Deutsche Bank AG history, profile and history video
Deutsche Bank AG provides corporate banking and investment services. It operates through the following divisions: Corporate Banking and Securities (CB&S), Global Transaction Banking (GTB), Asset and Wealth Management (AWM), Private and Business Clients (PBC), and Non-Core Operations Unit (NCOU). The CB&S division engages in the selling, trading and structuring of financial market products and is responsible for mergers and acquisitions, including advisory debt and equity issuance. The GTB division provides domestic and cross-border payments, risk mitigation, international trade finance, trust, agency, depositary, custody, and related services. The AWM division offers traditional, alternative investment products, and tailored wealth management products and services to ultra high net worth individuals and families. The PBC division provides banking services, such as current accounts, deposits, loans, investment management, and pension products to private individuals, self-employed clients, and small and medium-sized businesses. The NCOU division bundles assets and liabilities with a view to accelerating the de-risking process. The company was founded by Adelbert Delbrueck on January 22, 1870 and is headquartered in Frankfurt am Main, Germany.“
“Deutsche Bank History
Deutsche Bank was founded in Berlin in 1870 as a specialist bank for foreign trade. The bank’s statute was adopted on 22 January 1870, and on 10 March 1870 the Prussian government granted it a banking license. The statute laid great stress on foreign business:
The object of the company is to transact banking business of all kinds, in particular to promote and facilitate trade relations between Germany, other European countries and overseas markets.
Two of the founders were Georg Siemens whose father’s cousin had founded Siemens and Halske, and L. Bamberger. Previous to the founding of Deutsche Bank, German importers and exporters were dependent upon English and French banking institutions in the world markets—a serious handicap in that German bills were almost unknown in international commerce, generally disliked and subject to a higher rate of discount than English or French bills.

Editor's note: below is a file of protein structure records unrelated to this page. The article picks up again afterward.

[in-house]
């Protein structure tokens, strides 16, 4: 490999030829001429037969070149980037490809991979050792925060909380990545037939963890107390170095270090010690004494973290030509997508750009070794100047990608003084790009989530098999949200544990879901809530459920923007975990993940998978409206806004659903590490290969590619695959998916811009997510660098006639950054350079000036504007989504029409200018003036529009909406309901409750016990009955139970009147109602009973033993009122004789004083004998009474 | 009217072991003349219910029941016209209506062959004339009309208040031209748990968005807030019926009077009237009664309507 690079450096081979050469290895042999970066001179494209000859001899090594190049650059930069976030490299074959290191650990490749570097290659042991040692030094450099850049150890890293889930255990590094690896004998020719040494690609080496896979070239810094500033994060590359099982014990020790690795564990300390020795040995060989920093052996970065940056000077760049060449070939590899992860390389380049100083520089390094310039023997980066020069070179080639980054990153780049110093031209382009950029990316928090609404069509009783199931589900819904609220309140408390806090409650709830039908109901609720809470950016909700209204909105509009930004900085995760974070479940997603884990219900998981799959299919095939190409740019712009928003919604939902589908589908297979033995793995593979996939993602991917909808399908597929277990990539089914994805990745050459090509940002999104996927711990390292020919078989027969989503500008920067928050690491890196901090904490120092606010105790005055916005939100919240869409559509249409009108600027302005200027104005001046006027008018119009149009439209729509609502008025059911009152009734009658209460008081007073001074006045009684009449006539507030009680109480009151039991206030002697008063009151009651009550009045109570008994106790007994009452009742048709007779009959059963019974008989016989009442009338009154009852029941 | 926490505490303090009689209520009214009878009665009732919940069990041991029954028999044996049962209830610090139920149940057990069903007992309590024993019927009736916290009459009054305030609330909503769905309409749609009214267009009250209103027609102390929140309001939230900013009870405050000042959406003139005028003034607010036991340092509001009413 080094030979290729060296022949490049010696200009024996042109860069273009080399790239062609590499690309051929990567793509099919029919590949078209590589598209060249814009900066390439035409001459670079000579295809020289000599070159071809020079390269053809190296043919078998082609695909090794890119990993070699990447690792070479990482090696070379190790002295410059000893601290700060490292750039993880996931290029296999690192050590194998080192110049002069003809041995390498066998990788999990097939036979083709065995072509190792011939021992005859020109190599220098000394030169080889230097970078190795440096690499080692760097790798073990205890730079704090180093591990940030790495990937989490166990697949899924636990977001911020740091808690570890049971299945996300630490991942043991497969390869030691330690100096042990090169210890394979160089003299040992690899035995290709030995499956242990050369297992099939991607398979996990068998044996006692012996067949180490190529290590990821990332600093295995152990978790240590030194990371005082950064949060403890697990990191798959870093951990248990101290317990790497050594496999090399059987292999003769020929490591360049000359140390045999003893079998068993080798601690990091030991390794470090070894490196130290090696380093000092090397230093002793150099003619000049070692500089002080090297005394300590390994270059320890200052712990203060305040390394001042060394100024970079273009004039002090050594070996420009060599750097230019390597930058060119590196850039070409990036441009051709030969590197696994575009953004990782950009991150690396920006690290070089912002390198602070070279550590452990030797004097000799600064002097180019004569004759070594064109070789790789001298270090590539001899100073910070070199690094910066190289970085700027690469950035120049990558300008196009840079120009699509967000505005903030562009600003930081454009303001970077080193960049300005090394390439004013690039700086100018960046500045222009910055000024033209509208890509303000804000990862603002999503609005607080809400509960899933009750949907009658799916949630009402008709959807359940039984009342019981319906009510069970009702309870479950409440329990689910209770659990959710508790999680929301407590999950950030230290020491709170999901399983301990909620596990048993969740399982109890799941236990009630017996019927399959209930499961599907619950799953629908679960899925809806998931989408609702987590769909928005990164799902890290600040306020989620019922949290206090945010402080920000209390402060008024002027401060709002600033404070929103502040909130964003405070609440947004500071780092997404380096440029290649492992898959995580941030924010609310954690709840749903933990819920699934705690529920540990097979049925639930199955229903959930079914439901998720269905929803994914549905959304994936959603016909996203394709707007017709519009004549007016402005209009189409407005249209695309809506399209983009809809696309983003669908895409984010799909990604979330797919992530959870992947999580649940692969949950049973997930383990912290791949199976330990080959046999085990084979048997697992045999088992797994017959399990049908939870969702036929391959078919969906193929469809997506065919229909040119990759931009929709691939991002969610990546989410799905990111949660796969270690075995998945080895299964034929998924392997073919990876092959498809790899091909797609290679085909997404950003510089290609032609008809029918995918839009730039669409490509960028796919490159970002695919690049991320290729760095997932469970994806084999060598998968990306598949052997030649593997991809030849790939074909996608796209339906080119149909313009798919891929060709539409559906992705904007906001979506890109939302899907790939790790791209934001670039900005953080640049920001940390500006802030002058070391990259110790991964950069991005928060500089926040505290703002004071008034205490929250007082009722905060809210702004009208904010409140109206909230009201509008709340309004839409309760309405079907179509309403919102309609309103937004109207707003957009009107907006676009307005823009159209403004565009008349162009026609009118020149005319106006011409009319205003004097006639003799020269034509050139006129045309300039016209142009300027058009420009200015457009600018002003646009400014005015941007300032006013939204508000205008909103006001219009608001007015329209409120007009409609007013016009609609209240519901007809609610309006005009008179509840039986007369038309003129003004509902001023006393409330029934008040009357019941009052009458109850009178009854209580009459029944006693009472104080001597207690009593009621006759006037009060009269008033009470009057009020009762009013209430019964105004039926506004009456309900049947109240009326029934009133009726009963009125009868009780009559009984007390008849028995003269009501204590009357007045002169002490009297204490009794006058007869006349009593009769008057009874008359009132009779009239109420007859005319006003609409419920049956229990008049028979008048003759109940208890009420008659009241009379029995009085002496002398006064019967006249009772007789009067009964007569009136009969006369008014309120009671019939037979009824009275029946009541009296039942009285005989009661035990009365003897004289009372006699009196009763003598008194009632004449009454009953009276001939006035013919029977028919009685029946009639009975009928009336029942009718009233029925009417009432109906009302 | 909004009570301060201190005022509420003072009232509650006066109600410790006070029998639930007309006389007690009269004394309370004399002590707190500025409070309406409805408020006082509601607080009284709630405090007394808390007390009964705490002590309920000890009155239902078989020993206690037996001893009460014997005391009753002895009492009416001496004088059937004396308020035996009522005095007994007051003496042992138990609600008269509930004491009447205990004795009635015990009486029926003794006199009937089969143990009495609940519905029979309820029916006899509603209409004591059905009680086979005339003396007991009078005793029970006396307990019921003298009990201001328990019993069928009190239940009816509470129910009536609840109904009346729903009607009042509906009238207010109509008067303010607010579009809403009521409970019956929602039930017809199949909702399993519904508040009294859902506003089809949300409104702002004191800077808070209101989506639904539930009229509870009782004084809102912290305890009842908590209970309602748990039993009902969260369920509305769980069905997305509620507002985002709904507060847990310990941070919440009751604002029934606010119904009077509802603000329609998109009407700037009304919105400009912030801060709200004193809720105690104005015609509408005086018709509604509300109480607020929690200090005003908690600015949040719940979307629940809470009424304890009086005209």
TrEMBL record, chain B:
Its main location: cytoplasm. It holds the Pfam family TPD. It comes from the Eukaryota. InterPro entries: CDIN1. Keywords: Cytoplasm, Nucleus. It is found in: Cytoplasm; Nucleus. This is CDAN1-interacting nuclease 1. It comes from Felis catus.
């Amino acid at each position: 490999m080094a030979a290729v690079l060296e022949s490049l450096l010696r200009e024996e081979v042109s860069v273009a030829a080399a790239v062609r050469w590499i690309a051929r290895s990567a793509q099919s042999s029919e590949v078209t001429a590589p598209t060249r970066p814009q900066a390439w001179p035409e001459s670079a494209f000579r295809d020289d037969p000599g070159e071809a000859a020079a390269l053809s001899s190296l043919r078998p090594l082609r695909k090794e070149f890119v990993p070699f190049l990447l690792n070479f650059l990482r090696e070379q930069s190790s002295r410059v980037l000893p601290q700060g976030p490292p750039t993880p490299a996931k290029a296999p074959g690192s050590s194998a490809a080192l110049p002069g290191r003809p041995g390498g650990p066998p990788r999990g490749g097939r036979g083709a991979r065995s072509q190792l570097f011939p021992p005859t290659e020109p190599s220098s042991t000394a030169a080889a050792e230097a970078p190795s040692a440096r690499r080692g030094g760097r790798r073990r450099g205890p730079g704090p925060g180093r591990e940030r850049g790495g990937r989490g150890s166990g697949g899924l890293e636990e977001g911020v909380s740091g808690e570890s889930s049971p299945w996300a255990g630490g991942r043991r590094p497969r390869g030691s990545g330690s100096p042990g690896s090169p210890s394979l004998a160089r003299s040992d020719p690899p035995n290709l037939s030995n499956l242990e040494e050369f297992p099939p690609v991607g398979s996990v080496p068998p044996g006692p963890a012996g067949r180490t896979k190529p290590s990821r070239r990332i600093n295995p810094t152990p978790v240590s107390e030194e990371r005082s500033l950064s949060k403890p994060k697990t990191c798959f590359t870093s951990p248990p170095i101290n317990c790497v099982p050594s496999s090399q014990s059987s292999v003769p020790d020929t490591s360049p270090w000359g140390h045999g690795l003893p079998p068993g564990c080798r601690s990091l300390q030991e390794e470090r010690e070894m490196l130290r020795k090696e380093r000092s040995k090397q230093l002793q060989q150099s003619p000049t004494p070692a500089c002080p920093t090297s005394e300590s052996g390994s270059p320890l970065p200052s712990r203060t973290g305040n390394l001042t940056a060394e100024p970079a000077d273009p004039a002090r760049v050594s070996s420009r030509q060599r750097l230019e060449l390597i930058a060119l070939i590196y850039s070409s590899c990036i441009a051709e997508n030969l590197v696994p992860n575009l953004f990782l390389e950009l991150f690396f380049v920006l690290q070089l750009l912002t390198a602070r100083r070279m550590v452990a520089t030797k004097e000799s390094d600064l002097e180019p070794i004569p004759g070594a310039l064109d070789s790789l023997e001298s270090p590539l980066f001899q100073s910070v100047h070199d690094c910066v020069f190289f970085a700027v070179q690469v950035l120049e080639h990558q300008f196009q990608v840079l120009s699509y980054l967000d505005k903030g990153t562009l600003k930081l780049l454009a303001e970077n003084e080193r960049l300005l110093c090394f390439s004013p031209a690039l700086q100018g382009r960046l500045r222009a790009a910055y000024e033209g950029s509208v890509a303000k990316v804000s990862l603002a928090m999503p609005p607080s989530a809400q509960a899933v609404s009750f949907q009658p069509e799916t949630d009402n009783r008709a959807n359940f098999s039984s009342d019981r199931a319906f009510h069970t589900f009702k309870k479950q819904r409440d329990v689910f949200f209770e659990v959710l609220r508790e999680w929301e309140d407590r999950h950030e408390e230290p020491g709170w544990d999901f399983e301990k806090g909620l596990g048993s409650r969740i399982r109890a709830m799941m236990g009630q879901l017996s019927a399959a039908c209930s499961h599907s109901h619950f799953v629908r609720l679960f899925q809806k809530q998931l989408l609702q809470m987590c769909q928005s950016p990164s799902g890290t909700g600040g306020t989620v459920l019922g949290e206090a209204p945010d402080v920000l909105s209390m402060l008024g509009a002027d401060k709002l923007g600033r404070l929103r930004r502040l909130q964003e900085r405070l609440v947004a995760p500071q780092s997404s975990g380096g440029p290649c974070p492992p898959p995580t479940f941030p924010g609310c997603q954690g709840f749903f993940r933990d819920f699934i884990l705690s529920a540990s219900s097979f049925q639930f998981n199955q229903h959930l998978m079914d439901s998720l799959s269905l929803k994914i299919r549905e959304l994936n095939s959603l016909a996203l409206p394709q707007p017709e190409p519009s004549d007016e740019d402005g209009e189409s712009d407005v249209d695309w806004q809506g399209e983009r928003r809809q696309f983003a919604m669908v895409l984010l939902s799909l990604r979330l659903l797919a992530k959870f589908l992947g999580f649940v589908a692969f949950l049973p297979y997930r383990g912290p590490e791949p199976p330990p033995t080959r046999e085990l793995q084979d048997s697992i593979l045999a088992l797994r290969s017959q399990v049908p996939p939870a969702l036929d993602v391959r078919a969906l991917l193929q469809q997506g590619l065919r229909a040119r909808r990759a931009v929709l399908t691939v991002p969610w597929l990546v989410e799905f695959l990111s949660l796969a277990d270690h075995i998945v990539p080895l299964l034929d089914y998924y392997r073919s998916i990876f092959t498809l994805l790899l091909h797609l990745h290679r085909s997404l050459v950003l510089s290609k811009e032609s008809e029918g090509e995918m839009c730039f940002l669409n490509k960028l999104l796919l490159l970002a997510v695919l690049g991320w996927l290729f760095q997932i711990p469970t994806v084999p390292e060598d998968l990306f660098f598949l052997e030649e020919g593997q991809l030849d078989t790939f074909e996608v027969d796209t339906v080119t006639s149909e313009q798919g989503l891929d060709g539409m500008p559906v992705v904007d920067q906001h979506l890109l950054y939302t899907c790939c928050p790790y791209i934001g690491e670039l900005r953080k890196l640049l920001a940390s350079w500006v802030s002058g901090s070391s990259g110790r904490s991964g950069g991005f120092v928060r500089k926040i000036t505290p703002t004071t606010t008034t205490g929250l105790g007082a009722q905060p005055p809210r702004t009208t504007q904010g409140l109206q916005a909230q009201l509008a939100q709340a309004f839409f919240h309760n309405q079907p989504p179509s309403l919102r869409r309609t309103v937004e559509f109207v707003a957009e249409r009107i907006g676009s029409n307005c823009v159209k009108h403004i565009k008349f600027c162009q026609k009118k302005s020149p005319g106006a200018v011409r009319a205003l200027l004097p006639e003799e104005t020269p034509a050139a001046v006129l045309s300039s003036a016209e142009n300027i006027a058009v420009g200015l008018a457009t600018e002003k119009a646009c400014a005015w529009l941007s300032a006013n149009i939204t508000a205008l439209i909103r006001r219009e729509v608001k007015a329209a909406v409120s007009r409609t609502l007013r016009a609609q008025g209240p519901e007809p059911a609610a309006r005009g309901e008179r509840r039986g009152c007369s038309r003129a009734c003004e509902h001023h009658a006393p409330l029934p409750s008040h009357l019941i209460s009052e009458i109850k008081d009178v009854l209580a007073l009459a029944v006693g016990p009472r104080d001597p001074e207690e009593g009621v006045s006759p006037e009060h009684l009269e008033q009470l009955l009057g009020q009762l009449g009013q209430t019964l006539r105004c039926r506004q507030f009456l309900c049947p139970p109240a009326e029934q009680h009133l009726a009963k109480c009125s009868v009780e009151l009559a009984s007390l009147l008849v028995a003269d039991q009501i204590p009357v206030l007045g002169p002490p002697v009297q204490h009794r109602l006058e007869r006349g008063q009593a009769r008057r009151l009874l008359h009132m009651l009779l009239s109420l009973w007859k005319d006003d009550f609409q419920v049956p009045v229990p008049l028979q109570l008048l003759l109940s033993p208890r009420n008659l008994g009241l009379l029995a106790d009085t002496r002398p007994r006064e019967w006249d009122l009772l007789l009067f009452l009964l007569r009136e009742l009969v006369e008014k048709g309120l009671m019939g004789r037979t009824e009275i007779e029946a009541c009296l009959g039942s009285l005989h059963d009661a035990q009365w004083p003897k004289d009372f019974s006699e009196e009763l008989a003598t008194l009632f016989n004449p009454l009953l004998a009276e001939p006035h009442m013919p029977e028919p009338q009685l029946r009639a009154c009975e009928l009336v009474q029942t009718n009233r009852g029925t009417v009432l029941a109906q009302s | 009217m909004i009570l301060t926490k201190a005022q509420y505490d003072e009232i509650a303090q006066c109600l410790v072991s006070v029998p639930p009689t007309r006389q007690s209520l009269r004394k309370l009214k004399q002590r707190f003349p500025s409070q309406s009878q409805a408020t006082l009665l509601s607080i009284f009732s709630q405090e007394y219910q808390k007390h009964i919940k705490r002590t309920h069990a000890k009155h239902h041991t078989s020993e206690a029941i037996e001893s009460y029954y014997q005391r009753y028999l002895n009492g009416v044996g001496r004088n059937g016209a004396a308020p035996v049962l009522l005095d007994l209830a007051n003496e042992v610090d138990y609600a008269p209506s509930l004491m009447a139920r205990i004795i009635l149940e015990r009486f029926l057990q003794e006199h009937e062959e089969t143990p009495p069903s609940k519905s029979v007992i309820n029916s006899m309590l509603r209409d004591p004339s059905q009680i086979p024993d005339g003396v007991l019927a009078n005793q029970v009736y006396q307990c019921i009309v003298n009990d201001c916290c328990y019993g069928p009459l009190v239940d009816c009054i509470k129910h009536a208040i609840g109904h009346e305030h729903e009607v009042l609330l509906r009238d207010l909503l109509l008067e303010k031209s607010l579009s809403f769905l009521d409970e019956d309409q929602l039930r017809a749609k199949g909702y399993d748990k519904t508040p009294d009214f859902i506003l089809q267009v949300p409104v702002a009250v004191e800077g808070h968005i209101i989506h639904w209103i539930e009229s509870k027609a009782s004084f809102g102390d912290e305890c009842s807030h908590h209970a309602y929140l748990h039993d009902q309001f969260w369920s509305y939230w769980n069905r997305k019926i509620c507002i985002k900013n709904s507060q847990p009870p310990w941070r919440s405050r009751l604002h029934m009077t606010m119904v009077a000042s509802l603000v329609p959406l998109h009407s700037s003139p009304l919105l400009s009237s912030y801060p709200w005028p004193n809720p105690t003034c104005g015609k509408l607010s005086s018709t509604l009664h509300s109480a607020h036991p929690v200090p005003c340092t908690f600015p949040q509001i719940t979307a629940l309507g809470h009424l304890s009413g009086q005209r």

The bank’s first domestic branches, inaugurated in 1871 and 1872, were opened in Bremen and Hamburg. Its first foray overseas came shortly afterwards, in Shanghai (1872) and London (1873) followed sometime by South America (1874-1886).The branch opening in London, after one failure and another partially successful attempt, was a prime necessity for the establishment of credit for the German trade in what was then the world’s money center.
Major projects in the early years of the bank included the Northern Pacific Railroad in the US and the Baghdad Railway (1888). In Germany, the bank was instrumental in the financing of bond offerings of steel company Krupp (1879) and introduced the chemical company Bayer to the Berlin stock market.
The second half of the 1890s saw the beginning of a new period of expansion at Deutsche Bank. The bank formed alliances with large regional banks, giving itself an entrée into Germany’s main industrial regions. Joint ventures were symptomatic of the concentration then under way in the German banking industry. For Deutsche Bank, domestic branches of its own were still something of a rarity at the time; the Frankfurt branch dated from 1886 and the Munich branch from 1892, while further branches were established in Dresden and Leipzig in 1901.
In addition, the bank rapidly perceived the value of specialist institutions for the promotion of foreign business. Gentle pressure from the Foreign Ministry played a part in the establishment of Deutsche Ueberseeische Bank in 1886 and the stake taken in the newly established Deutsch-Asiatische Bank three years later, but the success of those companies in showed that their existence made sound commercial sense.
The immediate postwar period was a time of liquidations. Having already lost most of its foreign assets, Deutsche Bank was obliged to sell other holdings. A great deal of energy went into shoring up what had been achieved. But there was new business, too, some of which was to have an impact for a long time to come. The bank played a significant role in the establishment of the film production company, UFA, and the merger of Daimler and Benz.
The bank merged with other local banks in 1929 to create Deutsche Bank und DiscontoGesellschaft, at that point the biggest ever merger in German banking history. Increasing costs were one reason for the merger. Another was the trend towards concentration throughout the industry in the 1920s. The merger came at just the right time to help counteract the emerging world economic and banking crisis. In 1937, the company name changed back to Deutsche Bank.